The new science on a functional carbohydrate that wins races and helps you power through tough workouts.
As a sweetener, isomaltulose (Palatinose) has a lot of positive attributes. It's manufactured from sucrose derived from beet juice. It's vegan, kosher, halal, and non-GMO. It's stable, it doesn't rot teeth, it has a mild natural sweetness, and it doesn't have an aftertaste. If your daughter were a sweetener, you'd want her to date isomaltulose.
Beyond all that, though, isomaltulos is a functional carbohydrate source that causes the body to oxidize fat at a greater rate, thus improving endurance and athletic performance.
Go Harder for Longer
German scientists recruited 20 experienced cyclists to test just how well isomaltulose can increase endurance. The study, like all good studies, used a randomized, double-blind, controlled cross-over design.
Subjects drank 750 mL of a beverage containing either 75 grams of isomaltulose or 75 grams of maltodextrin (a commonly used energy source in workout formulations). The subjects were then tasked with completing a 90-minute ride performed at 60% of Vo2max (because the researchers wanted to measure fat oxidation). After the 90-minute ride, the cyclists completed a time trial that included a ramp test where the intensity of the cycling increases at pre-determined rates and intervals.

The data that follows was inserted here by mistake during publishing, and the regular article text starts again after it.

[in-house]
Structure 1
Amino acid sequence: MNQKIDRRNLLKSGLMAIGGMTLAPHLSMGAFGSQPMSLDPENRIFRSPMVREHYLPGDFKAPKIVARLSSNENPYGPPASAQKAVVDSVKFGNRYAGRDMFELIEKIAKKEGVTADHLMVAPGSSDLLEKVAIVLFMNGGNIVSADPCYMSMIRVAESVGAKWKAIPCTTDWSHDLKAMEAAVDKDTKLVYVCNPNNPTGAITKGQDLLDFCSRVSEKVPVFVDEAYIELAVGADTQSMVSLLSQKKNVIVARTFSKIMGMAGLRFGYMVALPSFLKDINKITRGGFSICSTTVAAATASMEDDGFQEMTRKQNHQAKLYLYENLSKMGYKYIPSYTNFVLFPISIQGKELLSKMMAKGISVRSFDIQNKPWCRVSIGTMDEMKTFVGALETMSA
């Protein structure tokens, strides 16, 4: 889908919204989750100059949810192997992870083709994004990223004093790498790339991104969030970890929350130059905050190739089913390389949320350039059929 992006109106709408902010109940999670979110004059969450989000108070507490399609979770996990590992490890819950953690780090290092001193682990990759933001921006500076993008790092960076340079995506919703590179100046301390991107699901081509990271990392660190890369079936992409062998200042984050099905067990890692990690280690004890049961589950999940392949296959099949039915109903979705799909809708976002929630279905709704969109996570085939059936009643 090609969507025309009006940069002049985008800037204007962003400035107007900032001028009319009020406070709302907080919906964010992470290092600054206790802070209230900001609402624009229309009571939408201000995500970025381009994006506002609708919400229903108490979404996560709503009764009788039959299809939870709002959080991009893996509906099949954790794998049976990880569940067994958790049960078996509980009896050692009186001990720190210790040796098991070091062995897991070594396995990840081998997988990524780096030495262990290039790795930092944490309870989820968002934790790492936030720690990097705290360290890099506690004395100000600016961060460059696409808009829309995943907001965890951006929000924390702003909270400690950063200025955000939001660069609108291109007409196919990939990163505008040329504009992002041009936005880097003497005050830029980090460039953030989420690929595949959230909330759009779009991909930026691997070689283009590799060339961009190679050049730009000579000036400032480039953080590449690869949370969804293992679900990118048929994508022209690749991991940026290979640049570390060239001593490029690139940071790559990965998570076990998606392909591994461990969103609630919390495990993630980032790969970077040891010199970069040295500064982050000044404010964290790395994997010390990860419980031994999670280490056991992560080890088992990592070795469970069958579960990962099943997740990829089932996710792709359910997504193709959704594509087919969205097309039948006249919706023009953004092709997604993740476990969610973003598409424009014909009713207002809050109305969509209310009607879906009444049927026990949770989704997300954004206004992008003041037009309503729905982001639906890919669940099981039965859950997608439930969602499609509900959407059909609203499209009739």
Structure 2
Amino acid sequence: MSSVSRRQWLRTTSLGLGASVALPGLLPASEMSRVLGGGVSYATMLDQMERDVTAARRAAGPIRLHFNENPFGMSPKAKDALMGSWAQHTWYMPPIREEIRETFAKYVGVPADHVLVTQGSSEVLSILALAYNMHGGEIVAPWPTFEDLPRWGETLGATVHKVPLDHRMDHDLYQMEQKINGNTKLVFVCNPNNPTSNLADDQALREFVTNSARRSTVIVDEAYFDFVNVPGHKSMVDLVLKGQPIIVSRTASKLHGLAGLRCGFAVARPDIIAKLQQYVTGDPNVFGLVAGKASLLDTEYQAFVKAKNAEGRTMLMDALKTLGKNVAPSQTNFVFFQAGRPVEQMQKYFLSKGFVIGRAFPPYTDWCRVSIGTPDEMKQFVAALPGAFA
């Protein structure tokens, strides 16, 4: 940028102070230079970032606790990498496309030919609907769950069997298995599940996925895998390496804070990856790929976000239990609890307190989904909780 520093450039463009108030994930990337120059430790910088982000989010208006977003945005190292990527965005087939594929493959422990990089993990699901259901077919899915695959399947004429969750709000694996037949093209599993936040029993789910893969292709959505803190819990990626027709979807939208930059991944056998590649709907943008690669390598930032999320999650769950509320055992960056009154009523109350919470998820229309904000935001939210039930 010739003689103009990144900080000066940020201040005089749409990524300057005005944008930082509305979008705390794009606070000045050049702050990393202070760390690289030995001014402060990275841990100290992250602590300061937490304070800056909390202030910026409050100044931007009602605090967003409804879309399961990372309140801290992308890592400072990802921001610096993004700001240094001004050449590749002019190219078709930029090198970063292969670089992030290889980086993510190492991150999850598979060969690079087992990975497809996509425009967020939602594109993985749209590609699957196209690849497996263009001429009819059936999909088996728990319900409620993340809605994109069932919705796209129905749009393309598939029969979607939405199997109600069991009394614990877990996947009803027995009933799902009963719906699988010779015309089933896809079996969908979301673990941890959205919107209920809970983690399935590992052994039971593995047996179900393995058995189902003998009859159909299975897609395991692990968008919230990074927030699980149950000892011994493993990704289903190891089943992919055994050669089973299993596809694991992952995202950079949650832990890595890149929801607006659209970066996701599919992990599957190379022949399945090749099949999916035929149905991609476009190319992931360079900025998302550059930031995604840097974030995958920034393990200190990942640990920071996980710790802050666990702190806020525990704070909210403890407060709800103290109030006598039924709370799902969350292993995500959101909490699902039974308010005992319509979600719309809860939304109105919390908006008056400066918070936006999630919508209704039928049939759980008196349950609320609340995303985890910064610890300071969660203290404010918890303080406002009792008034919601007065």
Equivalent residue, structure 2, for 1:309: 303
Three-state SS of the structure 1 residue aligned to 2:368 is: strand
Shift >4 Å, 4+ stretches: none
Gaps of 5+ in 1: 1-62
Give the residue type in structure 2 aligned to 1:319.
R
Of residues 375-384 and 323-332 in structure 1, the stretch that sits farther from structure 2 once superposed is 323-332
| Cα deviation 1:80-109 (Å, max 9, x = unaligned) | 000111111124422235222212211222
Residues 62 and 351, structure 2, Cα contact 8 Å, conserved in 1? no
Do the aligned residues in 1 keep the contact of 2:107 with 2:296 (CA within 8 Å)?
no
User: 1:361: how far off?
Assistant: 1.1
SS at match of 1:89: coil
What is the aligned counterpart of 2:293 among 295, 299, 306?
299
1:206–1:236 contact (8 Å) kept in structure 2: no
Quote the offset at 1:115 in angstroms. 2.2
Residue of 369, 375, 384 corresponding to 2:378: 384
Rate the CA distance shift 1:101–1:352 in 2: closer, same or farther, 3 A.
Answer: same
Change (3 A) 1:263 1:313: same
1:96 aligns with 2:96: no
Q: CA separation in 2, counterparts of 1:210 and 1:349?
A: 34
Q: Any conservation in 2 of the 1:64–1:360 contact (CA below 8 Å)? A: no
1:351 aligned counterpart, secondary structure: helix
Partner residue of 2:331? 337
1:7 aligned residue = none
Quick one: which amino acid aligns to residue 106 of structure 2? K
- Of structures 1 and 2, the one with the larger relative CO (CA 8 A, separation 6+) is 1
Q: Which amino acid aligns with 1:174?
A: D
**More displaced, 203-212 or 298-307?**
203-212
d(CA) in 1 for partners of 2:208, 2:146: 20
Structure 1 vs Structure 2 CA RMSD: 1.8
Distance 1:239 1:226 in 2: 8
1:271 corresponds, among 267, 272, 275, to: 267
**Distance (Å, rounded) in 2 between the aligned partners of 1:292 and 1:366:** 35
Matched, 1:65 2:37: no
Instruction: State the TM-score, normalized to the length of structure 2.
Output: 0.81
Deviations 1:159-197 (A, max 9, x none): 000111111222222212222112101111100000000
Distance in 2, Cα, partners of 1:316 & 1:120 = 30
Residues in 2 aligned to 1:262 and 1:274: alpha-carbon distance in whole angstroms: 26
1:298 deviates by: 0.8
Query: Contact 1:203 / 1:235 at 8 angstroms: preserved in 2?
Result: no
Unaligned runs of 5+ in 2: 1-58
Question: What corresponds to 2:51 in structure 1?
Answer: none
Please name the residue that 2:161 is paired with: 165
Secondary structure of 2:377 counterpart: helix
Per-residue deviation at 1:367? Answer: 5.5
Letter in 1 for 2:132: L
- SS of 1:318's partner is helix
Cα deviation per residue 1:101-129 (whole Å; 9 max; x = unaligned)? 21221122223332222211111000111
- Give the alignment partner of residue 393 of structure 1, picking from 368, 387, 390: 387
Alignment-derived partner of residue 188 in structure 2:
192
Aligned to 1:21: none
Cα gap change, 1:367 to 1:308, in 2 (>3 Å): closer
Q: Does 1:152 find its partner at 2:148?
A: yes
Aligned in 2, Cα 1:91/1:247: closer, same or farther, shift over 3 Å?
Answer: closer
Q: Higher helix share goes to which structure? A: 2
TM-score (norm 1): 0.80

The isomaltulose group completed the time trial test in 30.05 =/- 4.70 minutes.
The maltodextrin group competed it in 31.08 =/- 6.27 minutes.
Do the math and you can see that the "effect size" was just over a minute, which is huge when you look at it in terms of a race. Beating your opponent(s) by a minute generally gives an endurance athlete superstar status.
Isomaltulose Supported Body and Mind
It's long been speculated that when you spare glycogen (during high-intensity exercise) in the muscles and in the liver, you enhance endurance capacity, and that's apparently what isomaltulose did in the cyclists.
Ingesting isomaltulose before exercise favored fat oxidation during the initial 90-minute endurance ride, which spared glycogen in the muscle and liver so that it could be tapped into during the time trial.
The researchers further speculated that the low glycemic index isomaltulose improved mental performance more than higher glycemic index carbohydrates. Since cognitive performance increased during the time trial, so did physical performance.
Does Isomaltulose Do Anything for Lifters?
While it provides a huge benefit to endurance athletes, isomaltulose can also fuel workouts in the gym by providing high-level energy, promoting fat burning, and supporting powerful muscular pumps.
Of course, if your workouts don't cause you to break a sweat, don't bother with isomaltulose. It's hard to make easy easier.
- Konig, Zdzieblk, Holz, Theis, and Gollhofer, "Substrate Utilization and Cycling Performance Following Palatinose Ingestion: A Randomized, Double-Blind, Controlled Trial," Nutrients 2016, 8, 390;10.3390/nu8070390